‘Unjust Bias’ by Liz Mistry
A murdered boy disowned by his family.
A teen terrified his past will catch up with him.
A girl with nowhere to go.
Men with rage so visceral they will do anything.
With the unsolved murder of a homeless boy still preying on his mind, DI Gus McGuire is confronted with a similar murder, a missing teen and no clues.
Does the answer lie with an illegal dark web site where ‘slaves’ are auctioned off? Or with an online forum for teens?
How can Gus keep people safe when unjust bias rears its head and being different could cost you your life…?
I’ve only been to Bradford once. I was about eight years old and it was the sort of Keystone Cops holidays my parents specialised in: we travelled to Bradford from some god-forsaken location, the car got a puncture, my Dad’s tooth fell out when biting into a flowery bap twinned with a concrete breezeblock, we couldn’t the KwikFit which had the car.
My overwhelming memory, however, was the Film and Television Museum. It had, what was then, the only IMAX cinema in the UK and a chance to try and be a newsreader, reading an autocue. I couldn’t do it. I cried.
They also had a gigantic copy of that famous mugshot photo of Myra Hindley. After getting my mum to explain who she was, I tootled off but that night, I came down in floods of tears, scared that this real life monster was going to get me.
A tough street kid I was not.
A writer who deals with real life monsters, is Liz Mistry. I reviewed another of her Bradford-set crime novels in February 2021, ‘Dark Memories’. https://pajnewman.com/2021/02/07/unravelling-the-mistry-of-bradford/
‘Unjust Bias’ clearly shares DNA with this earlier novel. Mistry’s hard-bitten representation of the city is here. Her predilection for shifting narrative stances from first to third and back again depending upon the character focus of the chapter is there and her obvious interest in the on-going psychological effects of the world upon these people is baked through the stories like logos through a stick of rock.
These are not happy-go-lucky, easy readers with a cozy element. These are dark and realistic depictions of a hard world and bad things happening to people in the wrong place at the wrong time.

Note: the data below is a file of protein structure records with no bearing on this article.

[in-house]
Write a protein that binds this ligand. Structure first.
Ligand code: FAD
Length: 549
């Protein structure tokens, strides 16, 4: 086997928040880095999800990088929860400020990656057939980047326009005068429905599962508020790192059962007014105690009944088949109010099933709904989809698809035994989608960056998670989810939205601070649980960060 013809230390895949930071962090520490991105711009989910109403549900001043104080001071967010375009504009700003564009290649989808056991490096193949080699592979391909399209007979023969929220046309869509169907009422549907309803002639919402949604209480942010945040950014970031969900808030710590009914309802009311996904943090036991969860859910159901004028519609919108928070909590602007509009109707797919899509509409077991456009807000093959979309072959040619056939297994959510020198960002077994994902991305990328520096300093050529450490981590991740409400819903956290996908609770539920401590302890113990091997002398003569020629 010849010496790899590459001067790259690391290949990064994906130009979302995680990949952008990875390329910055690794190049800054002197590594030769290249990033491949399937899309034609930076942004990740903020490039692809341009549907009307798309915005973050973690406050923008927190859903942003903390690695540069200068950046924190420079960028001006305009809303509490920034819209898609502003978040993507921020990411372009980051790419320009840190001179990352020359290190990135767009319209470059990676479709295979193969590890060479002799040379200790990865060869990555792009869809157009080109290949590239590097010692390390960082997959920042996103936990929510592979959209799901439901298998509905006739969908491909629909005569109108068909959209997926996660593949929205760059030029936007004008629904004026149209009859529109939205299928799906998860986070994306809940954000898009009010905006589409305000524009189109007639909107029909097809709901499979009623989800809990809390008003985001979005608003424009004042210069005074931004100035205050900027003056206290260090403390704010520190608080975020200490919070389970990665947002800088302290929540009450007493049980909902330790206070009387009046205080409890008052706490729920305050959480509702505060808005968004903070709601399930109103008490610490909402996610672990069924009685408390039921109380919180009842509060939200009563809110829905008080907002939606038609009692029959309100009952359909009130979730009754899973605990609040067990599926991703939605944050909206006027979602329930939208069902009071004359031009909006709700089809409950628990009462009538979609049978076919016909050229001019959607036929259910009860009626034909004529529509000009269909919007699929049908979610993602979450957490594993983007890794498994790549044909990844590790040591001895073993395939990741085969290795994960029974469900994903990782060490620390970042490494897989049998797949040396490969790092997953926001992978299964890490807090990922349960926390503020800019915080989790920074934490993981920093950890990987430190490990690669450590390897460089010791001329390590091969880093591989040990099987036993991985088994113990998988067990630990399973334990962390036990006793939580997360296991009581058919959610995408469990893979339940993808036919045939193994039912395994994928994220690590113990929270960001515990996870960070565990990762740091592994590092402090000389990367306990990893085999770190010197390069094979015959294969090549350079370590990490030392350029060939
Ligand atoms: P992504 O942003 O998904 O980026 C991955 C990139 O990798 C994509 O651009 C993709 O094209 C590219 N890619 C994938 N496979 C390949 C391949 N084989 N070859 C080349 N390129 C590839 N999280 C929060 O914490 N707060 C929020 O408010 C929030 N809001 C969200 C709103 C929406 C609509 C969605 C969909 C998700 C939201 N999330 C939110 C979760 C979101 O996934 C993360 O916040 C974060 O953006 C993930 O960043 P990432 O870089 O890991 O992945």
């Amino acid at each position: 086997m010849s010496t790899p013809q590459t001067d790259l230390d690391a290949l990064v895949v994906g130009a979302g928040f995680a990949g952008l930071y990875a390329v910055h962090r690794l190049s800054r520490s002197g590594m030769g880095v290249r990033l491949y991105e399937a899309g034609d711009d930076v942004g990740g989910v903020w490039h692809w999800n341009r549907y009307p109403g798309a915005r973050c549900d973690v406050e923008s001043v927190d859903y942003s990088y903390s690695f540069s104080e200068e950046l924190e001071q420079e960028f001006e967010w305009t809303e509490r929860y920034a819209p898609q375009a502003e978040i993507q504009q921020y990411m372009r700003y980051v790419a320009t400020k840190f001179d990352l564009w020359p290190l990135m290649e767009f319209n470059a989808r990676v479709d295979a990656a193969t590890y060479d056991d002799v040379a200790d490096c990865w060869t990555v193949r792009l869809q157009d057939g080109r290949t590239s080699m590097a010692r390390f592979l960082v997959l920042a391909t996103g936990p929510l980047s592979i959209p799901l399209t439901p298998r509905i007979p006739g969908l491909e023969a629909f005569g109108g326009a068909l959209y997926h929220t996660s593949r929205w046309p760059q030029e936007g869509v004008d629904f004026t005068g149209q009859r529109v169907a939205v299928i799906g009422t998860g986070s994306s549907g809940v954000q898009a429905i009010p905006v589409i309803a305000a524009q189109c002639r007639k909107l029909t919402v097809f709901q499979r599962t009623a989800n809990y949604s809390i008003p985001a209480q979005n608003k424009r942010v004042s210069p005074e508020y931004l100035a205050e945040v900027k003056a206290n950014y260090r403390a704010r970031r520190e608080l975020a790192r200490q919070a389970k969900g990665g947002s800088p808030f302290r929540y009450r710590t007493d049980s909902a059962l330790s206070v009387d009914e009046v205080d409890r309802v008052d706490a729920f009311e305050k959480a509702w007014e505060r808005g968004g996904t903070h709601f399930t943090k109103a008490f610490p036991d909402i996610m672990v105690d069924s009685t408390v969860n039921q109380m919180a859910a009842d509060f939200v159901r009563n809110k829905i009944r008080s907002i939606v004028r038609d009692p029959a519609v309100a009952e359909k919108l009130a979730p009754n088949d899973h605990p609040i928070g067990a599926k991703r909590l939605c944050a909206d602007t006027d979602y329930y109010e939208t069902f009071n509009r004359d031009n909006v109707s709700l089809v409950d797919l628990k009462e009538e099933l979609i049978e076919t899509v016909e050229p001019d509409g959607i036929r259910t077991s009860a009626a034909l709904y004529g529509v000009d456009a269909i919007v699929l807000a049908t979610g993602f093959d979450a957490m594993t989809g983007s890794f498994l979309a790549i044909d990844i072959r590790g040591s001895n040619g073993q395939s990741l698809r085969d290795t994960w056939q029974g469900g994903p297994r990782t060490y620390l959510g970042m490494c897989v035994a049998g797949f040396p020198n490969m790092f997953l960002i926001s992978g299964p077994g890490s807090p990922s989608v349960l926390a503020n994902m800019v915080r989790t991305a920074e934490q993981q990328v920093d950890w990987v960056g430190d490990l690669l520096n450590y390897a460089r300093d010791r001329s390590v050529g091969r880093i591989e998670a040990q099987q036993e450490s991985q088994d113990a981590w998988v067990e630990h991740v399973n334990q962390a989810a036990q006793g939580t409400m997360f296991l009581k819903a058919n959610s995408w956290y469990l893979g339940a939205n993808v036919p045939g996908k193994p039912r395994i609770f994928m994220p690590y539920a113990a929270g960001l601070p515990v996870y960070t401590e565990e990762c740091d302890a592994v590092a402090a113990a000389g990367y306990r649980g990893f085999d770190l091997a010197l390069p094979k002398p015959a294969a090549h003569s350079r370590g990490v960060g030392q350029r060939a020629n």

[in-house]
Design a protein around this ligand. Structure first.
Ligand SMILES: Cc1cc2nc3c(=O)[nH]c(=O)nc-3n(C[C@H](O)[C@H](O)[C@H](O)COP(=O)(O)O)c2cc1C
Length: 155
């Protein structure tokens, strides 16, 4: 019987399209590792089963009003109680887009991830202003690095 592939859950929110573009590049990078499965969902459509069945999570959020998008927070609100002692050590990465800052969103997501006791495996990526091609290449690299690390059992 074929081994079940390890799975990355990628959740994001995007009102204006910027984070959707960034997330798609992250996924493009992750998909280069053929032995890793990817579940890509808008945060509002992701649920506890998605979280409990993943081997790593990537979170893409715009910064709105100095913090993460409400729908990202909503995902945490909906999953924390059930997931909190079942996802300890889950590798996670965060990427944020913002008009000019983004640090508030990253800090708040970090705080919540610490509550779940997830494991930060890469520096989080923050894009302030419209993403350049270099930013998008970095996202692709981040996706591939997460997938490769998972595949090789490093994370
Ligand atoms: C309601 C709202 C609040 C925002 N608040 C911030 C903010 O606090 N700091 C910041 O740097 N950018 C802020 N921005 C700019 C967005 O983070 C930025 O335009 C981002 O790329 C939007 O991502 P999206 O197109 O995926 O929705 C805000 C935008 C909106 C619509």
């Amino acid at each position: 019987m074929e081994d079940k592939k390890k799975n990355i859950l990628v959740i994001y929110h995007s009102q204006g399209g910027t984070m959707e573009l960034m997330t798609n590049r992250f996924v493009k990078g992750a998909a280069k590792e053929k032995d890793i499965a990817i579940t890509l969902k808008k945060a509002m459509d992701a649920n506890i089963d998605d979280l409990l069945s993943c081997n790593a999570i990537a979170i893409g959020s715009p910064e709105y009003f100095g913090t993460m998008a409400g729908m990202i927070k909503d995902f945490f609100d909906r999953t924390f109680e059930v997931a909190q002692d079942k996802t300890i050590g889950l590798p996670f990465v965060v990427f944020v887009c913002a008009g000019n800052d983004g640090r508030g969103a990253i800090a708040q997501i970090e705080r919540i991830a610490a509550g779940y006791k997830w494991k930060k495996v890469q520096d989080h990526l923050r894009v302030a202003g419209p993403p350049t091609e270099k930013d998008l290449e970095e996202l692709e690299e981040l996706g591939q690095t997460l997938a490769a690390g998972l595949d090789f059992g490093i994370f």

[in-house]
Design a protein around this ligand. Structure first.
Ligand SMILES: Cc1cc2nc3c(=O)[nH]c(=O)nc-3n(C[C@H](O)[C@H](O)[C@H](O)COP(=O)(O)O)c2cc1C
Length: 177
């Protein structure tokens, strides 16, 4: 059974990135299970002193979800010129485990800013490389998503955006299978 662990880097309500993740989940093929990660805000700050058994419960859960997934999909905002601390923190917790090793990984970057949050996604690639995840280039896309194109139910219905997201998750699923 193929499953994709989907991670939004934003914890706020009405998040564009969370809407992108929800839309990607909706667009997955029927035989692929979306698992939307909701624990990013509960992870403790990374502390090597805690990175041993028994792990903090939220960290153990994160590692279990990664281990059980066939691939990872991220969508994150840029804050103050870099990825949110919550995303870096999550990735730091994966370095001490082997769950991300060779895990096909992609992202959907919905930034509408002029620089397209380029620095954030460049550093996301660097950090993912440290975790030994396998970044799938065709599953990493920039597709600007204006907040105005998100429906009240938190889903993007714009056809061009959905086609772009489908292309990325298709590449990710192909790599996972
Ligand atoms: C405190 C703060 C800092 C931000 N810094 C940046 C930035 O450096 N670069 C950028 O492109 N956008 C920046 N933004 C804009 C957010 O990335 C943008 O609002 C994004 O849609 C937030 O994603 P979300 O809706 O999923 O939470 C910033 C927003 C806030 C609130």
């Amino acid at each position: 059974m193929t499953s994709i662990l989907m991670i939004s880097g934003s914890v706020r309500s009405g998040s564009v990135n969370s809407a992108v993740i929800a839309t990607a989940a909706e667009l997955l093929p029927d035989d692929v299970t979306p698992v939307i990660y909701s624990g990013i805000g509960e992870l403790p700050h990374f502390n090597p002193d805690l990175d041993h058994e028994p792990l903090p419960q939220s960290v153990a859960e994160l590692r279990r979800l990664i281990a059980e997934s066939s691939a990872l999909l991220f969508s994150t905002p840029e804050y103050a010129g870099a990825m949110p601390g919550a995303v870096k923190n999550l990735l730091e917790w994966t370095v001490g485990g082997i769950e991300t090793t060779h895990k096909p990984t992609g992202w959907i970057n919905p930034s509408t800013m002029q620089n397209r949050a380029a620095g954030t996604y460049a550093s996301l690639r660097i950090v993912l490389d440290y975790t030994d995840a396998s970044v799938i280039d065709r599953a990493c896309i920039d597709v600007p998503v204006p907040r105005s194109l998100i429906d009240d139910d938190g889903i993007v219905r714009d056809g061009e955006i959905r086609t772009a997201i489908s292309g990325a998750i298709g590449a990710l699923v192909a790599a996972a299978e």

But Mistry is a very fine writer and her Bradford is becoming a character in the way that Rankin’s Edinburgh is central to understanding the events.
Author Bio –
Born in Scotland, Made in Bradford sums up Liz Mistry’s life. Over thirty years ago she moved from a small village in West Lothian to Yorkshire to get her teaching degree. Once here, Liz fell in love with three things; curries, the rich cultural diversity of the city … and her Indian husband (not necessarily in this order). Now thirty years, three children, two cats and a huge extended family later, Liz uses her experiences of living and working in the inner city to flavour her writing. Her gritty crime fiction police procedural novels set in Bradford embrace the city she describes as ‘Warm, Rich and Fearless’ whilst exploring the darkness that lurks beneath.
Struggling with severe clinical depression and anxiety for a large number of years, Liz often includes mental health themes in her writing. She credits the MA in Creative Writing she took at Leeds Trinity University with helping her find a way of using her writing to navigate her ongoing mental health struggles. Being a debut novelist in her fifties was something Liz had only dreamed of and she counts herself lucky, whilst pinching herself regularly to make sure it’s all real. One of the nicest things about being a published author is chatting with and responding to readers’ feedback and Liz regularly does events at local libraries, universities, literature festivals and open mics. She also teaches creative writing too. Liz has completed a PhD in Creative Writing on Diverse voices in crime fiction.
In her spare time, Liz loves pub quizzes (although she admits to being rubbish at them), dancing (she does a mean jig to Proud Mary – her opinion, not ratified by her family), visiting the varied Yorkshire landscape, with Robin Hoods Bay being one of her favourite coastal destinations, listening to music, reading and blogging about all things crime fiction on her blog, The Crime Warp.
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